The wider effect of rising agricultural commodities on the farming industry

17.1.22 2 minute read

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It has been hard to miss the seemingly constant, upward trajectory of a lot of agricultural commodities within the last 12 months. Let’s look at some of the contributory factors causing this rise.

Agricultural commodities

The reason for the increase in grain price is that stock levels for wheat in major exporting countries are down to their lowest levels since 2008. Coupled with the tight supply of wheat in the northern hemisphere due to adverse weather in the US, Canada and Russia has driven up global prices. The result of the current southern hemisphere harvest, particularly Australia, will determine whether the market remains bullish, although it depends on freight capacity and readiness as to how quickly and to what extent this will affect the global market. If there is a poor southern hemisphere harvest, it could push the global grain price even higher.

There is, however, a question around how much further the market can lift. There are already signals that the current strength in the wheat market may be starting to take its toll on the big importers: Egypt’s state grain buyer GASC cancelled a tender for December delivery, stating that the prices were simply too high.

Domestically, UK feed wheat delivered into East Anglia in December 2021 was at £224/t, which is a big jump on the £170/t which we were happy to receive in November 2020. Supporting this price rise is that an E10 ethanol blend for petrol has been introduced since September for which wheat is the main feed stock. Alongside this, there has been an increase in animal feed use for wheat as animals are staying on farm longer prior to slaughter, due to logistical issues within the abattoir industry.

The rise in the grain price can be dwarfed by the increases seen in the price of oilseed rape. The recent support within the oilseed market is due to a variety of reasons including soyameal demand, US export demand and tight global supply. The global bullish trend within the oilseed market has transpired into our domestic rapeseed market. Delivered OSR into the Erith factory, February 2022, has been quoted at £612/t and that doesn’t include any oil bonuses.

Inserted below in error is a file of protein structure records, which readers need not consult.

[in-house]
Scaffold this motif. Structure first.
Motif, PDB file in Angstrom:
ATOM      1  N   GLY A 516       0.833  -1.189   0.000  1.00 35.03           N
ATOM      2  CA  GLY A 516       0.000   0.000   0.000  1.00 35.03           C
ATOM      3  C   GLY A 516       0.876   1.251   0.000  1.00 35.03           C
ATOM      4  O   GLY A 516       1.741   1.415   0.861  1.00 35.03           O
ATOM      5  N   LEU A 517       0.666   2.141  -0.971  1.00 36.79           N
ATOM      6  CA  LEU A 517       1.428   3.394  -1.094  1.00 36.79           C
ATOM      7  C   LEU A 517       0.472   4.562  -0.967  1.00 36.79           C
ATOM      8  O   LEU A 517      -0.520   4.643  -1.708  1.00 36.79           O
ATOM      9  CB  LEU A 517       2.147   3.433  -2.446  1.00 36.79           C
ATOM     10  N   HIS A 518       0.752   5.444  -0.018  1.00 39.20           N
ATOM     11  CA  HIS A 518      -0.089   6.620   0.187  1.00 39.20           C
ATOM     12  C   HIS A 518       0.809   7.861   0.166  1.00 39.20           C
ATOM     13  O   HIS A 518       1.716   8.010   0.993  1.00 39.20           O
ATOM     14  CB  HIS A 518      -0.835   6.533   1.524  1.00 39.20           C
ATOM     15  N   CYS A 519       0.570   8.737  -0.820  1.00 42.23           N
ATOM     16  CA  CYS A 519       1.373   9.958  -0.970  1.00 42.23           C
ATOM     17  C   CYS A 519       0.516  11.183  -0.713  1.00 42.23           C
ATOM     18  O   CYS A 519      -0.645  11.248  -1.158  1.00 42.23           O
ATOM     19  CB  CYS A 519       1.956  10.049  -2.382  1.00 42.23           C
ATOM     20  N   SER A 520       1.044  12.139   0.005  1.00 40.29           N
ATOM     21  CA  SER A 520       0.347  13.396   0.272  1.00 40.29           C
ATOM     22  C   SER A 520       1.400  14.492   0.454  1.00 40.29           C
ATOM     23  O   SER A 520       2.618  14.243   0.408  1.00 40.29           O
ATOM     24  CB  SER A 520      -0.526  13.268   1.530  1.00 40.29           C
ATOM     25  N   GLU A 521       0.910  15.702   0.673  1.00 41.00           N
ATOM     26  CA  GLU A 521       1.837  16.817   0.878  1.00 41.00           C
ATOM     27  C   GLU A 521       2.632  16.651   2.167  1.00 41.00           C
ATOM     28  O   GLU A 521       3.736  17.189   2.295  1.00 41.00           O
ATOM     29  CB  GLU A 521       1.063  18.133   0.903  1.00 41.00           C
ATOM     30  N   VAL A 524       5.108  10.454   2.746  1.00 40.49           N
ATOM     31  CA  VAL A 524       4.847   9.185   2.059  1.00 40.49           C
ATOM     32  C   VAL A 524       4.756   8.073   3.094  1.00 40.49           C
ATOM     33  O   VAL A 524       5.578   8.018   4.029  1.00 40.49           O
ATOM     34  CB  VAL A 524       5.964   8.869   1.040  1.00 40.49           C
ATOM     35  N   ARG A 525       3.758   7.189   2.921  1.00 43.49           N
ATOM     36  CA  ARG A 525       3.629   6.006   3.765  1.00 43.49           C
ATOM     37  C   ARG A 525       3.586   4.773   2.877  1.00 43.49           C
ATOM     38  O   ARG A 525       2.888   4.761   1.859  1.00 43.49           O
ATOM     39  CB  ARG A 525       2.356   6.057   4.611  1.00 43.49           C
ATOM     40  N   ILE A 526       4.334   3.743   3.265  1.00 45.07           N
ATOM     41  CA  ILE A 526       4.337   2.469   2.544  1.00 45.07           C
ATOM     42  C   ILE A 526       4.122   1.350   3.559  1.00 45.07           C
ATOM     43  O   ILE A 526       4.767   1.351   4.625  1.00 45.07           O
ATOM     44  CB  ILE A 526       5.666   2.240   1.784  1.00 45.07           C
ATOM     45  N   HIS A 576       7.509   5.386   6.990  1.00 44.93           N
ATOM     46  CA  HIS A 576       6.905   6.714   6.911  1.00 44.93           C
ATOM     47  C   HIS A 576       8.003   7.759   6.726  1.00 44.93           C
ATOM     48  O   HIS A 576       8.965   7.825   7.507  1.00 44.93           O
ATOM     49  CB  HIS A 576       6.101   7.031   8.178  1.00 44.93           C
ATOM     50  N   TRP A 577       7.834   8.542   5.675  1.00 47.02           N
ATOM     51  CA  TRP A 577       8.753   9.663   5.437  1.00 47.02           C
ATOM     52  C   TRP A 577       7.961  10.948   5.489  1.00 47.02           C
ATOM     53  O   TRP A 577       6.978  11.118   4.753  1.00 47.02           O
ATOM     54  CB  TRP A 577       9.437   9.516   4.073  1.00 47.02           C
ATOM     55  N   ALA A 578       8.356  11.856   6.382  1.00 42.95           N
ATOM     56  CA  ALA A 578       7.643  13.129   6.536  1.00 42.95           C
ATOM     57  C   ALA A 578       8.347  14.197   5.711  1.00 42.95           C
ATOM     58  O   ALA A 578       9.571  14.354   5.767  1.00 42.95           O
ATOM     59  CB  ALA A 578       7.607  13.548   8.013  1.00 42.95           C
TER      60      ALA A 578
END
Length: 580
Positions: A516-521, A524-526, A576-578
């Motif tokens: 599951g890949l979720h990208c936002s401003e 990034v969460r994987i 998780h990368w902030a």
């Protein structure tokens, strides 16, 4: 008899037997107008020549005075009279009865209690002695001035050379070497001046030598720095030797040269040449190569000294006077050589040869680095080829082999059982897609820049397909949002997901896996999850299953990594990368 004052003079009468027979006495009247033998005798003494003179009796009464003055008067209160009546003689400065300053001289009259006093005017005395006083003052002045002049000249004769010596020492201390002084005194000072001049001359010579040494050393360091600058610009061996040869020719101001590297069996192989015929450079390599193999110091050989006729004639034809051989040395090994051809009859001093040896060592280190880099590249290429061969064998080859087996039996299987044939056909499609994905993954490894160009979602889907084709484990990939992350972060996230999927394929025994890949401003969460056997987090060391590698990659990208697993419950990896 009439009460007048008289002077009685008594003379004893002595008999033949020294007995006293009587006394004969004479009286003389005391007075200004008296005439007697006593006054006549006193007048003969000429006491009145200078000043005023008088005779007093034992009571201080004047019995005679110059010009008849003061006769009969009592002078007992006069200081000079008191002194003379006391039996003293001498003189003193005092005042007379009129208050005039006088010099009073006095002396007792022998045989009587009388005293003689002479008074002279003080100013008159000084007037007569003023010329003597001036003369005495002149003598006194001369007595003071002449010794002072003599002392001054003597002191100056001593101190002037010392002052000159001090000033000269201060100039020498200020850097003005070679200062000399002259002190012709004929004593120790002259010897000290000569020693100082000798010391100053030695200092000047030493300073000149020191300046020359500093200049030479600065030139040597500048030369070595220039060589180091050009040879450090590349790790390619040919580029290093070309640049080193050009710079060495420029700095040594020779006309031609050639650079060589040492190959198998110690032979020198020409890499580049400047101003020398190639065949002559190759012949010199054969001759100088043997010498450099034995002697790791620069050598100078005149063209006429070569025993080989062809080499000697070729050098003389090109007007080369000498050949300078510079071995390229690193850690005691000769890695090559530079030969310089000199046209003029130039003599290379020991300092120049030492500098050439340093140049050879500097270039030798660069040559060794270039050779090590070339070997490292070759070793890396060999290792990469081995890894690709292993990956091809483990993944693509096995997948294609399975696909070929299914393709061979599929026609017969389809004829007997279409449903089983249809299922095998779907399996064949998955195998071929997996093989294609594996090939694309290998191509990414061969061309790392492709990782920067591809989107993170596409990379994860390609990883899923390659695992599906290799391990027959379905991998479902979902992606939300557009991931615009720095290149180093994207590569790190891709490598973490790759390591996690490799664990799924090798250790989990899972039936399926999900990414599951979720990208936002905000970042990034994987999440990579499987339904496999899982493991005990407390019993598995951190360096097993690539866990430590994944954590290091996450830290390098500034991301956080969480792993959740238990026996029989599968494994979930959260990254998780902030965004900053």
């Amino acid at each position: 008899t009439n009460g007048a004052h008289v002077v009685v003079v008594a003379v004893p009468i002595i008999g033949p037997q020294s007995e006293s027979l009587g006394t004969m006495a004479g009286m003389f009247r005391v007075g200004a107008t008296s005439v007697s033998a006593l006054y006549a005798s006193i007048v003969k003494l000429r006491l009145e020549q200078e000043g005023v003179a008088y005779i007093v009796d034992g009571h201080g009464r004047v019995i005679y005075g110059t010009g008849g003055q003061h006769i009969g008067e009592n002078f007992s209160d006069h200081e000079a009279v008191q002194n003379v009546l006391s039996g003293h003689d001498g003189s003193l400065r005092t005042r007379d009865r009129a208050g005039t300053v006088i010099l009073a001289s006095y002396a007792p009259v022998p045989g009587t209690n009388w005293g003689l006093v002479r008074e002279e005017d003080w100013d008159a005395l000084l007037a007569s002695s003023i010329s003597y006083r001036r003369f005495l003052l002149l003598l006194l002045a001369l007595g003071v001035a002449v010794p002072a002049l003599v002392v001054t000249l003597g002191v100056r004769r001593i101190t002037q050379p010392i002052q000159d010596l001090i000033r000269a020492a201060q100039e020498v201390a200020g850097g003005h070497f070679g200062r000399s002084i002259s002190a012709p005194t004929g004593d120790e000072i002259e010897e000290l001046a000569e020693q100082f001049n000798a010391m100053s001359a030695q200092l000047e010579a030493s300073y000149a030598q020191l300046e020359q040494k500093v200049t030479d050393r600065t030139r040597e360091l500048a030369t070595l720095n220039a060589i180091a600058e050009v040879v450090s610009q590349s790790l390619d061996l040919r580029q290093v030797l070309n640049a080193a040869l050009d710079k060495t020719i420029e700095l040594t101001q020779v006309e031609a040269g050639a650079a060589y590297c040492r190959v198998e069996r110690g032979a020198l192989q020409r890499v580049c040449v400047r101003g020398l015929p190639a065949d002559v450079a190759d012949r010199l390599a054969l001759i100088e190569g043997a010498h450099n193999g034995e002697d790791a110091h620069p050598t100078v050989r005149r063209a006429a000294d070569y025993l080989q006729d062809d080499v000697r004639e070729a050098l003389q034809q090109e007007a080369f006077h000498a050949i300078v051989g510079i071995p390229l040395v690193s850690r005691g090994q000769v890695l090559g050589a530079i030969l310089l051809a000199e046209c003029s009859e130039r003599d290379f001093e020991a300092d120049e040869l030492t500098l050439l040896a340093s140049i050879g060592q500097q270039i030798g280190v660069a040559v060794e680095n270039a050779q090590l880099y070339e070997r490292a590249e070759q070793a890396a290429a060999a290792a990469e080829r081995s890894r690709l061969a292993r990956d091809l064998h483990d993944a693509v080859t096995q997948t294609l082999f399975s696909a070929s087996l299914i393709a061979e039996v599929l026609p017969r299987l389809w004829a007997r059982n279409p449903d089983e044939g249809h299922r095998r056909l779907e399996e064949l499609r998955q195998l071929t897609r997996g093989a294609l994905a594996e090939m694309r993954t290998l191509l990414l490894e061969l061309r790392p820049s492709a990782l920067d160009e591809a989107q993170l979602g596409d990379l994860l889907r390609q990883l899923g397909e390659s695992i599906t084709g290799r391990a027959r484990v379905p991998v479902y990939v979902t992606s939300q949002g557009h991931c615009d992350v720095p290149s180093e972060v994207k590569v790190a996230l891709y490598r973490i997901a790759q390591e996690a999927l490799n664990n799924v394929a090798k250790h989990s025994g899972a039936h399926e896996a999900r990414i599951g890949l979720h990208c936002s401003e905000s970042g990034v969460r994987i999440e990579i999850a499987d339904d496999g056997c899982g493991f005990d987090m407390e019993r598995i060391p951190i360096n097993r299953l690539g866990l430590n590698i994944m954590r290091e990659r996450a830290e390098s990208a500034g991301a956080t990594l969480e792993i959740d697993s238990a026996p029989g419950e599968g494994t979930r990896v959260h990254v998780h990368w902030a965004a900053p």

However, it is not all good news, when the cereal and oilseed prices are indexed against energy prices, crude oil and natural gas are proportionally more expensive than agricultural commodities in comparison to last year. The strong natural gas and energy price is inflating the input costs for harvest 2022, notably fertiliser, but the current harvest 2022 contracts are at a discount to the nearby prices (Nov 2022 Feed wheat delivered to store is at £194/t). When we combine the increase in grain price and input costs with the reduction in BPS we believe that farms will be on average £70/ha better off in harvest 2022, so long as all other things remain equal.




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Ian Ashbridge

Partner, Head of Agriculture & Environment

Ian combines fundamental technical farming knowledge with wider investment and real estate experience when advising his clients.

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